I solved Natural Hazard DR with Python and Datrium.
One of the critical issues with disaster recovery, in general, is that you only want to trigger DR when the disaster strikes.
As much as I would love to say that, ideally, applications should move around freely, the reality is that there are too many interdependencies to make us want to migrate applications if a natural disaster has not happened yet, or if it is uncertain it is going to happen.
Some of the new app development architectures are trying to solve this problem with container infrastructures. However, for stateful datasets, this is still a problem if application-level coherence isn’t available across zones and regions.
Organizations may have their replication and DR plans in place, but the missing component is the intelligence to deal with natural disaster events as they unfold, without relying on human interaction and without triggering DR if not needed.
The solution to the problem is to be as prepared as possible in case of a DR event becomes necessary, and that means having the most recent data available in the target DR datacenter. Hence, if the disaster strikes, you now have the shortest Recovery Point Objective (RPO) as possible.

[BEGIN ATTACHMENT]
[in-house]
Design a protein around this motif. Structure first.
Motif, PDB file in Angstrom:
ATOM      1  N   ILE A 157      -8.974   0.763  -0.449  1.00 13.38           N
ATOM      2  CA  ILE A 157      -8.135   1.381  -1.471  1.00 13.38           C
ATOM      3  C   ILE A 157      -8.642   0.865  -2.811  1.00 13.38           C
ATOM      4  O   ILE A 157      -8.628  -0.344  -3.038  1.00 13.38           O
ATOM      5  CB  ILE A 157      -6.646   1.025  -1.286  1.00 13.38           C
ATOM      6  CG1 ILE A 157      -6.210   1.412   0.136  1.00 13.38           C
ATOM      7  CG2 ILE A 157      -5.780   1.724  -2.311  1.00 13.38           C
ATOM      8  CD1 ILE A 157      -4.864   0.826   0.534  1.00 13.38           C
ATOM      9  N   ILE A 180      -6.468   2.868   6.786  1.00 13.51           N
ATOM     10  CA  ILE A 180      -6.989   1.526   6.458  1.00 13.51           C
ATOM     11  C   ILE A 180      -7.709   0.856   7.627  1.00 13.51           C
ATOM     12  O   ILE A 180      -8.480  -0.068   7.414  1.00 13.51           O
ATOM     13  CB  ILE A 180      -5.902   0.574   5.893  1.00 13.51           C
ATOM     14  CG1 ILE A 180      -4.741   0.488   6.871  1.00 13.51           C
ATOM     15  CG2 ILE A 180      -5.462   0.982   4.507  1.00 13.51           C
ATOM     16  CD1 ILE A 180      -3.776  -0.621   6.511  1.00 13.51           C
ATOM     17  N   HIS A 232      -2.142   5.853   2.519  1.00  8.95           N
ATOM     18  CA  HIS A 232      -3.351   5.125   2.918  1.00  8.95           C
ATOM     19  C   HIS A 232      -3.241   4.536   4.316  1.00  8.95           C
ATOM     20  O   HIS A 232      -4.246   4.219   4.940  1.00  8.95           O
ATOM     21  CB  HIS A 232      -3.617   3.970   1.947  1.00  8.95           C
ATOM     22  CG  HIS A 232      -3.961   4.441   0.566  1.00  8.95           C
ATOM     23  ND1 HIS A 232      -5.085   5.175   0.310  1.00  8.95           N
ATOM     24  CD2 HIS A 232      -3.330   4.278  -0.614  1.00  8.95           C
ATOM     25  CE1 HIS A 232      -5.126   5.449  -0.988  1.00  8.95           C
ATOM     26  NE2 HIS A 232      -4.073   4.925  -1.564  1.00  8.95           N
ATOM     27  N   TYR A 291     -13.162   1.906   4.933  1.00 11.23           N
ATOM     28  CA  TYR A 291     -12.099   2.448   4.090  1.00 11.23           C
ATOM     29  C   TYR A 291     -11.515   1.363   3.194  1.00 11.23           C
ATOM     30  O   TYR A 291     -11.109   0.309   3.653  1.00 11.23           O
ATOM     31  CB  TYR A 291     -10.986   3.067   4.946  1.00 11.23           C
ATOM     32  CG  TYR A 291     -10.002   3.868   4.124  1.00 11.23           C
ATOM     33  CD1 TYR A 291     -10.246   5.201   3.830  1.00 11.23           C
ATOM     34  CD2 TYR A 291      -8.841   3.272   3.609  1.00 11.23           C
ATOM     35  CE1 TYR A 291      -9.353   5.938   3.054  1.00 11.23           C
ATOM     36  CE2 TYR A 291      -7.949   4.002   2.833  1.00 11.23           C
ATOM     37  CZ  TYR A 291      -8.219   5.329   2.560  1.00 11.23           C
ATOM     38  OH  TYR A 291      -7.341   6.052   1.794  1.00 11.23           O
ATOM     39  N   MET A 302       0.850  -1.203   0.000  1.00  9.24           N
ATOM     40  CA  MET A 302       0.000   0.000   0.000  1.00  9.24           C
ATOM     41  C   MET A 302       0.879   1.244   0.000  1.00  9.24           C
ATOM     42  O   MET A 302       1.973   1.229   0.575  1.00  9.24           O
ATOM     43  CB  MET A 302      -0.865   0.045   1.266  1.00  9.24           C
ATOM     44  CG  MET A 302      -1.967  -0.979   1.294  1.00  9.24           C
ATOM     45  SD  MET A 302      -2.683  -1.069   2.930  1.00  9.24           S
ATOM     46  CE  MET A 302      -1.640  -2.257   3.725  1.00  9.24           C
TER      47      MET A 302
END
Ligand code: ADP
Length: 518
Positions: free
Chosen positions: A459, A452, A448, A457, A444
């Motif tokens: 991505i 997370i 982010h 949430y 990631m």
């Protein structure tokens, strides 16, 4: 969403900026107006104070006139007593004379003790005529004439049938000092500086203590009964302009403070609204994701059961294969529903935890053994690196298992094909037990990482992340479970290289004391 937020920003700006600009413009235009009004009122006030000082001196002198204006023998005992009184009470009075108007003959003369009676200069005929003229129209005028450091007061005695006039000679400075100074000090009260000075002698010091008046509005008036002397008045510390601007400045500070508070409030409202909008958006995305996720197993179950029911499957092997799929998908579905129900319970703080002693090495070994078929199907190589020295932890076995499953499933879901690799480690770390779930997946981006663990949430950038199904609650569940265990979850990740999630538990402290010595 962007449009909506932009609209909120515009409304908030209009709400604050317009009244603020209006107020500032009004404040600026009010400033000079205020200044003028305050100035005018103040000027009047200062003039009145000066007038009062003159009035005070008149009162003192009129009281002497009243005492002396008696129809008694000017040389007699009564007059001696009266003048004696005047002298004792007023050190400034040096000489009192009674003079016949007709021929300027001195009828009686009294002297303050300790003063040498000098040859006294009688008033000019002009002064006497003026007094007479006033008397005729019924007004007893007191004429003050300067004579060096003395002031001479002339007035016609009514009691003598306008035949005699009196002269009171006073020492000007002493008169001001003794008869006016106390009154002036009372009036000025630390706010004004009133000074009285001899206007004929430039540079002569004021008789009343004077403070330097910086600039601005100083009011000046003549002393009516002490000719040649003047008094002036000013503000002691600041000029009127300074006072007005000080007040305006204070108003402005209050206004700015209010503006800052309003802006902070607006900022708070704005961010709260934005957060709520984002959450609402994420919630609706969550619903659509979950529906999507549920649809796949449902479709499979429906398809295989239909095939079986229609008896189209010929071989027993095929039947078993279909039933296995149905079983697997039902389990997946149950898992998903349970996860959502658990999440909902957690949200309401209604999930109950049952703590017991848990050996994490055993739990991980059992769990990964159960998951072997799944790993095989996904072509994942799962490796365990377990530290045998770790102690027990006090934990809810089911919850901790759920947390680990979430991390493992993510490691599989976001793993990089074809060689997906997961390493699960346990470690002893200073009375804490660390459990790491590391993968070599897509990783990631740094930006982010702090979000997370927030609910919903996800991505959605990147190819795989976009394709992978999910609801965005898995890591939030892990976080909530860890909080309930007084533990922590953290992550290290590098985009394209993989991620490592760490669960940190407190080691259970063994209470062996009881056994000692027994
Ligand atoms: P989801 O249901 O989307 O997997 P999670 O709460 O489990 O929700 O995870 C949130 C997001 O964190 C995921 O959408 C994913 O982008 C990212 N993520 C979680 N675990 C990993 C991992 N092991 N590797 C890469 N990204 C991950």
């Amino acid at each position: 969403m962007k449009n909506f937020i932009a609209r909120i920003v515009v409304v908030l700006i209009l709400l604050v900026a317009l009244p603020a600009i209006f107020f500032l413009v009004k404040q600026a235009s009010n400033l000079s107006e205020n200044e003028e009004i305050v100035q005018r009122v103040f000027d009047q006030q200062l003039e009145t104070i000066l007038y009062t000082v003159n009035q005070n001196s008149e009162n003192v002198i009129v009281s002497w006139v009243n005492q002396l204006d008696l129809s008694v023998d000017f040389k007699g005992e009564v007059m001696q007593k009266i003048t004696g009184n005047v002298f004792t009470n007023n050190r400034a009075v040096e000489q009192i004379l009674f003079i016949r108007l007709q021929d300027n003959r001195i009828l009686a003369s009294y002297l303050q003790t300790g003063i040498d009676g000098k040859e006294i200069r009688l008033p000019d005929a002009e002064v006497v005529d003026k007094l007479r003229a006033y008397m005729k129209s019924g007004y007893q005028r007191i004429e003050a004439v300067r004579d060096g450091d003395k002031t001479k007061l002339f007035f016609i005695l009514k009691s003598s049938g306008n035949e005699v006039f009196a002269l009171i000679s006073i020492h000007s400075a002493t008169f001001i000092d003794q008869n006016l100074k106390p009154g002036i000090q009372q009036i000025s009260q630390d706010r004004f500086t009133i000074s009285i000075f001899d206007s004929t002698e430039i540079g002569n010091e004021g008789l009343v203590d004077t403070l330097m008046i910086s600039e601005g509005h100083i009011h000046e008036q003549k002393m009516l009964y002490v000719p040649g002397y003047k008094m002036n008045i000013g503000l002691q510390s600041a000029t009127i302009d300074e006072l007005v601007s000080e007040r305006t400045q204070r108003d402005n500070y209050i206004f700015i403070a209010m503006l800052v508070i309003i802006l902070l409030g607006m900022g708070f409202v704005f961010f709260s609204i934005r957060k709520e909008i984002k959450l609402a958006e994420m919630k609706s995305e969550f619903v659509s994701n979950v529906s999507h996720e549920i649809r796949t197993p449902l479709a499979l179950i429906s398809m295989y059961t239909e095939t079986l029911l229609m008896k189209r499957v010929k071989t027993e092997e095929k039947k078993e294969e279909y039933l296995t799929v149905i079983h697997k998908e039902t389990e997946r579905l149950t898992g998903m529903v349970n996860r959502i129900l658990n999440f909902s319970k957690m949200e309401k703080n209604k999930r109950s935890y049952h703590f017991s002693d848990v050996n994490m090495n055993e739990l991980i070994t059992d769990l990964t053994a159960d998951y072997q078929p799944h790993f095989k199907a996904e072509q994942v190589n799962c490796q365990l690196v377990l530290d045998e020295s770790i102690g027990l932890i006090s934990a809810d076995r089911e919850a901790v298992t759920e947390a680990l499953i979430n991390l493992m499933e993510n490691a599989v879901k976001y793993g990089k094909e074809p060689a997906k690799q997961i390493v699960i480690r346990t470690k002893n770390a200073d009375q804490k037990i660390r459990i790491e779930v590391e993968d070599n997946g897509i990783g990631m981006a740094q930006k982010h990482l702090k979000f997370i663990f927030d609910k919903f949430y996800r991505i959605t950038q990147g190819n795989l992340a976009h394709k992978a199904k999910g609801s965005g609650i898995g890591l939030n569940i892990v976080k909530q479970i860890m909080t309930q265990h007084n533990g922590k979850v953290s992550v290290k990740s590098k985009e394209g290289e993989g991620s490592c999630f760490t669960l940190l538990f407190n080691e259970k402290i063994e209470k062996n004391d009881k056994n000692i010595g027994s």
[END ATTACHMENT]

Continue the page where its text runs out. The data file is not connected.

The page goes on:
One way to solve the problem is to have all your core applications being synchronously replicated between datacenters. While this seems logical, it is extremely expensive and will not withstand a ransomware attack or corruption since all data is automatically replicated across source and target data centers.
This post assumes some prior knowledge of how Datrium snapshot and replication work.
The Python tool
The reason I built this Python tool for the Datrium DVX is to enable real-time weather and geological monitoring using real-time data from the U.S. Geological Survey and to trigger actions under certain conditions. The tool uses Datrium API SDK for Python.
These conditions may be high winds or temperatures above the defined limits or a high magnitude earthquake that just hit the region and has the potential to cripple the public infrastructure in the next few minutes or hours.
The tool can be configured to monitor natural hazard events in a particular location every few minutes, and if conditions are satisfied, it will snapshot applications and force replication to the DR site.
If you are curious about Datrium Zero RTO I recommend this reading.
This solution is generally better than having all your VMs snapshotting and replicating every few minutes due to resource utilization and cost. Typically, organizations have well-defined SLAs, but if they need to increase snap and replication of specific applications under certain natural hazard conditions, they can you this tool.
Note that Datrium also provides orchestrated plans for DR that can be triggered if necessary, and when using in conjunction with this tool, you will always have the latest data available when needed.
Of course, this tool can also be repurposed for different infrastructures, but Datrium offers the perfect platform for Site DR, Cloud DR, and Ransomware protection.
I have posted the Python source code under Apache License, Version 2.0 licensing on my GitHub repository here.
This article was first published by Andre Leibovici (@andreleibovici) at myvirtualcloud.net